From: debra ragland (
Date: Mon Feb 01 2016 - 09:32:05 CST

Ok, thank you Josh! I have read that the angle is measured in the A-D-H manner in the archives which also led me to more confusion.

On Monday, February 1, 2016 9:55 AM, Josh Vermaas <> wrote:
The degrees angle in VMD is the angle for A-D-H, which always threw me,
since the angle I was expecting to measure was D-H-A like I think you
are using it. I've never used another h-bond measurement device than
VMD, but it doesn't surprise me that they disagree. The defaults for VMD
are really quite restrictive, as they are the distances between the
heavy atoms, not the H-A distance. Weaker hydrogen bonds usually need a
slightly longer cutoff (3.5 A or so), and many hydrogen bonds I'm
interested in don't always make it under 20 degrees, which is quite a
strong interaction. Since the two codes have different definitions of a
hydrogen bond, its quite natural that their results disagree. Its up to
you to figure out which one portrays the data the best. I tend to like
VMD's defintion since I can just use the H-bonds representation and
visually inspect which h-bonds I agree with and which I don't. I just
fiddle with the exact cutoffs as I go over the trajectories until I'm
happy with the result.

-Josh Vermaas

On 02/01/2016 07:24 AM, debra ragland wrote:
> Hello VMD users,
> Forgive me first if this is repetitive. I have searched the mailing list archive and the vmd documentation but I can't seem to nail down the answer to my problem.
> Previously, I ran trajectories using AMBER and carried out Hbond measurements in VMD without concern. Now that my lab (and myself) has switched to Schrödinger/Desmond software I find that there is a difference in geometric criteria that I don't understand. In VMD documentation I have found the following;
> Under measure documentation
> "hbonds cutoff angle selection1 [selection2]: Find all hydrogen bonds in the given selection(s), using simple geometric criteria. Donor and acceptor must be within the cutoff distance, and the angle formed by the donor, hydrogen, and acceptor must be less than angle from 180 degrees. Only non-hydrogen atoms are considered in either selection. If both selection1 and selection2 are given, the selection1 is considered the donor and selection2 is considered the acceptor. If only one selection is given, all non-hydrogen atoms in the selection are considered as both donors and acceptors. The two selections must be from the same molecule. The function returns three lists; each element in each list corresponds to one hydrogen bond. The first list contains the indices of the donors, the second contains the indices of the acceptors, and the third contains the index of the hydrogen atom in the hydrogen bond.
> Known Issue: The output of hbonds cannot be considered 100% accurate if the donor and acceptor selection share a common set of atoms."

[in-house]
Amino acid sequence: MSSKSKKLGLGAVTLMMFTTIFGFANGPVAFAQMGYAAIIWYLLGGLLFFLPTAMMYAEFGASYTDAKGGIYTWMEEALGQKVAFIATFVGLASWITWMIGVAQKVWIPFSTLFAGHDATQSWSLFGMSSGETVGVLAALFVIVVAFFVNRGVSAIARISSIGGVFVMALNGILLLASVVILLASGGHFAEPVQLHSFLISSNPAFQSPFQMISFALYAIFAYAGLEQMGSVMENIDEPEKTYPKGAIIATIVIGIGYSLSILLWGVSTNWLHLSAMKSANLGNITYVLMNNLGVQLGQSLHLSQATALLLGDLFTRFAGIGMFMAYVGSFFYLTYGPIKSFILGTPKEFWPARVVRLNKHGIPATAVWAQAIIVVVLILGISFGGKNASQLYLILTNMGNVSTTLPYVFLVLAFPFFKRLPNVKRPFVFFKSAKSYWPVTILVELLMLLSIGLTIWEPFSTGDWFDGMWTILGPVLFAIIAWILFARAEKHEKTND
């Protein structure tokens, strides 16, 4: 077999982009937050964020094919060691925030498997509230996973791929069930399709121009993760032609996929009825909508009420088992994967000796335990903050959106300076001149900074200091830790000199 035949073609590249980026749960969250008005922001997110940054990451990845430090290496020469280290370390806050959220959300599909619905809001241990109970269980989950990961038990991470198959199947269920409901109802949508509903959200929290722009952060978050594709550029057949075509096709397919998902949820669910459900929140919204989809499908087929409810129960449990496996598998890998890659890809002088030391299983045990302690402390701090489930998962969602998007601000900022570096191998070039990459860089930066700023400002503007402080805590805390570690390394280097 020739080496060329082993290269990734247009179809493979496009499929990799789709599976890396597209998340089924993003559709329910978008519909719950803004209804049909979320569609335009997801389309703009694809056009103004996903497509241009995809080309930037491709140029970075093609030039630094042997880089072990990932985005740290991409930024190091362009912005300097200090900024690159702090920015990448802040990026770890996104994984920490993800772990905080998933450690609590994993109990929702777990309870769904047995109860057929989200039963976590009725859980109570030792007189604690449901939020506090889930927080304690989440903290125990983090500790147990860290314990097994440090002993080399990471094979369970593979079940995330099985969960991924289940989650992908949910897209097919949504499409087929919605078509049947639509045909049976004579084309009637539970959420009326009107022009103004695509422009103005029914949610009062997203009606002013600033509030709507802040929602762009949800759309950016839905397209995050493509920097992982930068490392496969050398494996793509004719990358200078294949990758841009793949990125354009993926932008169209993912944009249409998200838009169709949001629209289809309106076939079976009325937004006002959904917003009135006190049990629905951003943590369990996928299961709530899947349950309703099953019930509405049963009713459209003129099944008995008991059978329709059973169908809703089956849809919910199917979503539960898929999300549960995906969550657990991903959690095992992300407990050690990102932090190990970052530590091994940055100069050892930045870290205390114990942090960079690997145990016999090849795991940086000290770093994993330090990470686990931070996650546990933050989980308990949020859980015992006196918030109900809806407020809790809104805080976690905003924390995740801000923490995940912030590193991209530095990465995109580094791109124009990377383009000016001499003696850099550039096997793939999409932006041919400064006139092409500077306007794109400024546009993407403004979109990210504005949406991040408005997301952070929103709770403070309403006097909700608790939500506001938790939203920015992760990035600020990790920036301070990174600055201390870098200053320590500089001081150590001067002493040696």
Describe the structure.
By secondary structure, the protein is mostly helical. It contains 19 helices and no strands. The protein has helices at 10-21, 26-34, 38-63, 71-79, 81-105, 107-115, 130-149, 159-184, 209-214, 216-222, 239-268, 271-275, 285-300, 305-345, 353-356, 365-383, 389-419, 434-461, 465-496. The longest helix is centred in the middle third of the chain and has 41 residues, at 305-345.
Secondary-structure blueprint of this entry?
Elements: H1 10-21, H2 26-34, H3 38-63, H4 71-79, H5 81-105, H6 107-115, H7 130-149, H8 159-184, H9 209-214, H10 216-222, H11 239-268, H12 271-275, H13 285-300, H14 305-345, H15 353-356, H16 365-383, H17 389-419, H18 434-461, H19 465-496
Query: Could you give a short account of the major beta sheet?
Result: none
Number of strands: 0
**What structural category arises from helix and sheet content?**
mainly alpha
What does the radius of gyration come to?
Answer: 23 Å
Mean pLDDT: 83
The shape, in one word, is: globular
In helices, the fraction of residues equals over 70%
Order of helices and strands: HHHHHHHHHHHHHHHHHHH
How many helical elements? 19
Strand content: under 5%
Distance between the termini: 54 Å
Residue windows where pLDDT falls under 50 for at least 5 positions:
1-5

> I recognize the defaults are a distance of 3.0Å and 20degrees. However, I'm not sure if the angle measure is just 20 degrees or 20 degrees FROM 180. From the archives, I think it's standard for a user to find their angle cutoff by using the GUI and measuring the angle between D and A via selecting points at the donor to the hydrogen to the acceptor(angle D-H-A). When I do this for my HIV protease trajectories, say between residues 32 and 84 I get a measure of 162.5 degrees and a distance of ~2Å. Using this information I leave the distance cutoff as such when I run the script from the command line, and changed the angle (if I understand correctly) to 170 degrees to ensure good measurement across all frames(as well as making sure the other selection criteria is appropriate). I have tested many angle cutoffs and I seem to hit a maximum hbond occupancy after about 170 degrees.
> In Schrödinger the geometric criteria of an hbond is;
> 1. The H::A distance must be less than or equal to 2.5Å
> 2. The D-H::A angle must be at least 120 degrees
> 3. The H::A-AA angle must be at least 90 degrees -- *I don't know if this is a given in the VMD code*
> Here :: is a potential Hbond and AA is the atom attached to the acceptor.
> In any case, the results that I get from VMD are drastically different from the ones that I get from Schrödinger. For instance the pair I mentioned above where residue 84 is the donor and 32 is the acceptor specifically, I get a maximum occupancy of about 62%. For the same pair and criteria--measured using the same trajectory and number of frames-- in Schrödinger I get an occupancy of 99%. I should point out that the angle measurements in the Maestro GUI differ from those using the VMD GUI.
> Has this ever been an issue before(e.g. VMD measurements vs other software)? Do I understand the VMD criterion correctly? Admittedly, tinkering with the Schrödinger python API is far more difficult than adjusting settings in VMD, but I'm wondering is it better to use the native software that the trajectory was run on if there's the option.